Tuesday, December 3rd, 2013
5 Multicultural Picture Books For Younger Children
By Meera Sriram
5 Multicultural Picture Books For Younger Children —InCultureParent.com
It is important and enormously enriching for children to read books that encompass diverse cultures, places and languages from the wider world outside of them. And it is never too early to start this habit. But sometimes finding these types of books for very young children can be challenging. Reading early literacy books and other simple stories that are also culturally flavorful is the best approach. So, here is a fantastic assortment of books that stretch the borders and take your little ones, and your really little ones, to faraway Australia, Vietnam, India, Armenia and a whole bunch of other fascinating countries and cultures!
Kangaroos Hop Kangaroos Hop by Ros Moriarty& Illustrated by Balarinji
In this book we travel to Australian landscapes filled with kangaroos, echidnas, lizards and goannas! A cumulative tale with repetitive lines makes it fun and interesting for small children. But what makes the book very special is the accompanying artwork. The art comes from the Balarinji studio—Australia’s leading indigenous art and design group.The author who is also the director of the studio is passionately involved with projects that support Australia’s indigenous people. The Aboriginal art in the book is vibrant and bold with distinctly styled patterns and designs throughout.
A translation in Yanyuwa language (spoken by Aboriginal families in Australia) completes the book. Ultimately, this book is so much more than a children’s book on animals. Ten Scared Fish, also delivered by the Balarinji studio, is a counting concept book similar in style and content.
1,2,3 Vietnam!: A creative Vietnam-themed picture book for young children (Volume 2)‘ 1, 2, 3 Vietnam!’ and ‘Vietnam A to Z: Discover the colorful culture of Vietnam! Vietnam A to Z’ by Elka Ray
I love concept books that are culturally informative; they offer much more than what mainstream concept books give us. They are also wonderful resources to celebrate diversity and open up the world to children early on.As the titles above indicate these are Vietnam–themed early childhood concept books. Author and Illustrator Elka Ray is based in Ho Chi Minh, and her stories are often set in Vietnam. In these books children are exposed to the landscapes, foods, everyday things and traditions of Vietnam. Simple ‘color-pencil’ drawings visually aid and explain words and practices. Translations in Vietnamese appear alongside on every page making it a great way to introduce or use the language.
Ranganna by Arthi Anand Navaneeth& Illustrated by Kavita Singh Kale
Ranganna, a small blue elephant who loves color wishes to have his toe nails painted. And each a different color! With help from two little girls his wish is fulfilled. The setting in India, where Ranganna lives, turns out to be the prefect canvas for strikingly colorful artwork in this book. The spreads showing Ranganna wandering near a busy temple and along the river bed filled with trees and sun-drying saris explode with color and charm. Ranganna is a simple tale for fun and flavor!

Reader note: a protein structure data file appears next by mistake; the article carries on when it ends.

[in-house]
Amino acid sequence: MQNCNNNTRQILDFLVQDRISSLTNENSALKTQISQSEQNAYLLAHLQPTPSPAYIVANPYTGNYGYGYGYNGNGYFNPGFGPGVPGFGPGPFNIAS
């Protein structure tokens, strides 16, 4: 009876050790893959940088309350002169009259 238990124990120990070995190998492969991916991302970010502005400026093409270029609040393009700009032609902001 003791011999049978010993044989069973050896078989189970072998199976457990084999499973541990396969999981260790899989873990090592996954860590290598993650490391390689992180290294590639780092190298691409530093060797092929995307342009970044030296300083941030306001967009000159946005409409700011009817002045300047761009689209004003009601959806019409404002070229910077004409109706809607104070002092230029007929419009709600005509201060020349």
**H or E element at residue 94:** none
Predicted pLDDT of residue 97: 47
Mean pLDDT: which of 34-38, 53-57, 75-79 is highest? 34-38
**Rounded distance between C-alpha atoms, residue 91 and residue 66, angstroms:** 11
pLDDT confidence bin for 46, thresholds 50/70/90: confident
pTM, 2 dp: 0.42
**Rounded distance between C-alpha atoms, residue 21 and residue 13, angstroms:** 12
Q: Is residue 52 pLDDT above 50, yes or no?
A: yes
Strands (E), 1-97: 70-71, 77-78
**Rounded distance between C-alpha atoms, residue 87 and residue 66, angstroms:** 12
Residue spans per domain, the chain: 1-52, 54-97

The Greedy Sparrow: An Armenian Tale The Greedy Sparrow by Lucine Kasbarian & Illustrated by Maria Zaikina
Great for read-alouds, this fable that was passed down in the author’s Armenian family is about a trickster sparrow who wants it all but eventually loses everything. With references to several Armenian places and details, Kasbarian’s love for ethnic traditions and lifelong involvement in the Armenian-American community comes through. Outlined in thick black lines, Zaikina’s illustrations are refreshing. Her extensive research of the culture is transparent in her work, particularly in the Armenian wedding scene. Featuring a baker, shepherd, bride, a minstrel and more, young children will be left with a lesson to learn and a quick-paced tale to love.
I See the Sun in…. Book Series by Dedie King& Illustrated by Judith Inglese
While most books in this set are ideal for a younger audience, all of them are great even for older kids. Every story starts off with a child waking up to the morning sun in a faraway country. We follow the routine of the child through the day and until dusk sets in. Children can easily relate to the similarities and at the same time recognize the disparities in many lifestyle details. Real lives inreal places provide an amazing (virtual) travel and learning experience crossing cultural and geographical boundaries.
Personally, I was introduced to many new words in different languages and names of places in diverse countries. I even liked the choice of countries—Nepal, Afghanistan, Russia, China and Mexico! The authenticity in the details clearly comes from the author’s enriched world travels and cultural immersions. With bilingual text to add value, brilliant collage art (in a combination of drawings and photographs) to bring the stories to life, and a useful glossary at the end, the “I See the Sun” series of books can be a fantastic addition to any library, classroom or book shelf.
Disclosure: We received free copies of the books but the choice to write the review was all ours.
© 2013, Meera Sriram. All rights reserved.
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